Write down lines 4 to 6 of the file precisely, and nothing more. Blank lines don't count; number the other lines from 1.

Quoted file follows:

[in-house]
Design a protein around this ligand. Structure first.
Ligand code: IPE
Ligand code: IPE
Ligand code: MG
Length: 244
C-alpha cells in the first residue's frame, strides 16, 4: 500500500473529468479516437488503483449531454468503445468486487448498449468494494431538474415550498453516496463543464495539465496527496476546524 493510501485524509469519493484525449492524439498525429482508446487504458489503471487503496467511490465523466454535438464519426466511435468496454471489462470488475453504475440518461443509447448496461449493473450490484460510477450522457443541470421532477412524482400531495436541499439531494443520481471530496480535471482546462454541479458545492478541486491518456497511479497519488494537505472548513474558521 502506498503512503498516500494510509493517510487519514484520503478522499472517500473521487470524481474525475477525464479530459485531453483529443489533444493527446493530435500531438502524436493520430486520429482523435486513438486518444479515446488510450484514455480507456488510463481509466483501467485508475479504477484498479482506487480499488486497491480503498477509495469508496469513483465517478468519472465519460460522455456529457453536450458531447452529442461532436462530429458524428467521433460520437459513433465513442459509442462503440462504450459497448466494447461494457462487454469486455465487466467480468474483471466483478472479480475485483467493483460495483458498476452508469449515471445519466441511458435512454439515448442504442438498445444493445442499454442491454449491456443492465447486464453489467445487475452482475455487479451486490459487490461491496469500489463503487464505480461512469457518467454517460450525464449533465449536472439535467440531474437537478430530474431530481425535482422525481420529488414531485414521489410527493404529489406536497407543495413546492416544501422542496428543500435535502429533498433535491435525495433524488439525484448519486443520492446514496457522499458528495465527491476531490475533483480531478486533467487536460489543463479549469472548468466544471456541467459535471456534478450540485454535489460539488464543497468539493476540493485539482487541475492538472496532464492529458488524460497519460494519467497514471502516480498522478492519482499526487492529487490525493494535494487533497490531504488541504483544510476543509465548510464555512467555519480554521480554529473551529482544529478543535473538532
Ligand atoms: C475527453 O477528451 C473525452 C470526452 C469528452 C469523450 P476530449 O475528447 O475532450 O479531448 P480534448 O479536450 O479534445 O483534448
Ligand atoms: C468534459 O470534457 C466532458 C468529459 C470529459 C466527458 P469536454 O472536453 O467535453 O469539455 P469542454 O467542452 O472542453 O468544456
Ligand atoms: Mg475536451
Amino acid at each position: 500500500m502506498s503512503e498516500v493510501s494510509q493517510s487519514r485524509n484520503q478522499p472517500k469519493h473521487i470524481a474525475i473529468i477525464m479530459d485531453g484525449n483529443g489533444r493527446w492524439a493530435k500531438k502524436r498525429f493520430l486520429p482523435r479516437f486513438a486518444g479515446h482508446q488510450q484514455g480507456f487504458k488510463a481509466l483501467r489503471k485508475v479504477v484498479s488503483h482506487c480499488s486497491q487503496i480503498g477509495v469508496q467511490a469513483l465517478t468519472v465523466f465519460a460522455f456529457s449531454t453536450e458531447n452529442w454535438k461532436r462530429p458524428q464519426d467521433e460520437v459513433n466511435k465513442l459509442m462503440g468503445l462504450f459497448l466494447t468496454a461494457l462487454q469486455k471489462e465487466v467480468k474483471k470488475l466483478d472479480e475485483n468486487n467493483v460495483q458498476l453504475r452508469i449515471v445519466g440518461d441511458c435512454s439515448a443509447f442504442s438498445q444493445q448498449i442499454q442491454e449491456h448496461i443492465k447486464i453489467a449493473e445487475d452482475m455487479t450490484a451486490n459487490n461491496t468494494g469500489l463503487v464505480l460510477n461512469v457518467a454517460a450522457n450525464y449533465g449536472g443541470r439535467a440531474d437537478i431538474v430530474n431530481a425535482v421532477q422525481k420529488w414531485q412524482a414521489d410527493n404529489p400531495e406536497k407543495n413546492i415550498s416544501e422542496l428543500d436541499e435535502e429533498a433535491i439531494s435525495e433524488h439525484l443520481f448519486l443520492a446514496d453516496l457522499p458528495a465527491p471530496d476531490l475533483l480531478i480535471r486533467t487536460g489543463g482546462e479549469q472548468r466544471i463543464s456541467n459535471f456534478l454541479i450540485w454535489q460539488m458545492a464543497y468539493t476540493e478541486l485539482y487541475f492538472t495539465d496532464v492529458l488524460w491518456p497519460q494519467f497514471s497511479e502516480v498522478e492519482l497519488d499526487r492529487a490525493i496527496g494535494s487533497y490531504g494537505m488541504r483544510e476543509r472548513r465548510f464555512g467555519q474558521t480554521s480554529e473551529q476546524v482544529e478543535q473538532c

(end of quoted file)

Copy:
Ligand code: IPE
Ligand code: MG
Length: 244